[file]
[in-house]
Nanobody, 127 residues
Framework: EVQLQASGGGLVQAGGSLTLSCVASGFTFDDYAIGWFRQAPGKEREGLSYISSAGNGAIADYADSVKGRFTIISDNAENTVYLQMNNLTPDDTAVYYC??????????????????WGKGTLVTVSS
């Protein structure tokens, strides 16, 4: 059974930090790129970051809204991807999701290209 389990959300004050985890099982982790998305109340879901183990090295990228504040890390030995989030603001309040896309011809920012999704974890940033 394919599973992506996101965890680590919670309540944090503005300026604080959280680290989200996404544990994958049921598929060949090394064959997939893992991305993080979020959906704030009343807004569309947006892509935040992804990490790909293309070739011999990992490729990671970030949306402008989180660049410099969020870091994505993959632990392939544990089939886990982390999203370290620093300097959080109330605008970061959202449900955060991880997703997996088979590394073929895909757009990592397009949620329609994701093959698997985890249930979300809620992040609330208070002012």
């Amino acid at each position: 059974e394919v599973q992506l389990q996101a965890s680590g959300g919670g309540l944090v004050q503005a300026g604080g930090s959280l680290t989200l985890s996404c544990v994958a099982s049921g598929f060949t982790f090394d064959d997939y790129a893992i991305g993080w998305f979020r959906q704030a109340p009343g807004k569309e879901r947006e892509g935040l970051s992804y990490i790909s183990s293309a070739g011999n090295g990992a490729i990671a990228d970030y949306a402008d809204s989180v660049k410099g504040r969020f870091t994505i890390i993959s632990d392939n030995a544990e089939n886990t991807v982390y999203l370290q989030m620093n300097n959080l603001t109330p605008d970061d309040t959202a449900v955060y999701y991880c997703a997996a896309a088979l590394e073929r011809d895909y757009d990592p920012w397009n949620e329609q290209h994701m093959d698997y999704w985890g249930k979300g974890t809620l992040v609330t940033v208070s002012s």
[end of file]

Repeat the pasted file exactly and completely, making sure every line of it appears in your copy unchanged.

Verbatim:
[in-house]
Nanobody, 127 residues
Framework: EVQLQASGGGLVQAGGSLTLSCVASGFTFDDYAIGWFRQAPGKEREGLSYISSAGNGAIADYADSVKGRFTIISDNAENTVYLQMNNLTPDDTAVYYC??????????????????WGKGTLVTVSS
């Protein structure tokens, strides 16, 4: 059974930090790129970051809204991807999701290209 389990959300004050985890099982982790998305109340879901183990090295990228504040890390030995989030603001309040896309011809920012999704974890940033 394919599973992506996101965890680590919670309540944090503005300026604080959280680290989200996404544990994958049921598929060949090394064959997939893992991305993080979020959906704030009343807004569309947006892509935040992804990490790909293309070739011999990992490729990671970030949306402008989180660049410099969020870091994505993959632990392939544990089939886990982390999203370290620093300097959080109330605008970061959202449900955060991880997703997996088979590394073929895909757009990592397009949620329609994701093959698997985890249930979300809620992040609330208070002012």
């Amino acid at each position: 059974e394919v599973q992506l389990q996101a965890s680590g959300g919670g309540l944090v004050q503005a300026g604080g930090s959280l680290t989200l985890s996404c544990v994958a099982s049921g598929f060949t982790f090394d064959d997939y790129a893992i991305g993080w998305f979020r959906q704030a109340p009343g807004k569309e879901r947006e892509g935040l970051s992804y990490i790909s183990s293309a070739g011999n090295g990992a490729i990671a990228d970030y949306a402008d809204s989180v660049k410099g504040r969020f870091t994505i890390i993959s632990d392939n030995a544990e089939n886990t991807v982390y999203l370290q989030m620093n300097n959080l603001t109330p605008d970061d309040t959202a449900v955060y999701y991880c997703a997996a896309a088979l590394e073929r011809d895909y757009d990592p920012w397009n949620e329609q290209h994701m093959d698997y999704w985890g249930k979300g974890t809620l992040v609330t940033v208070s002012s």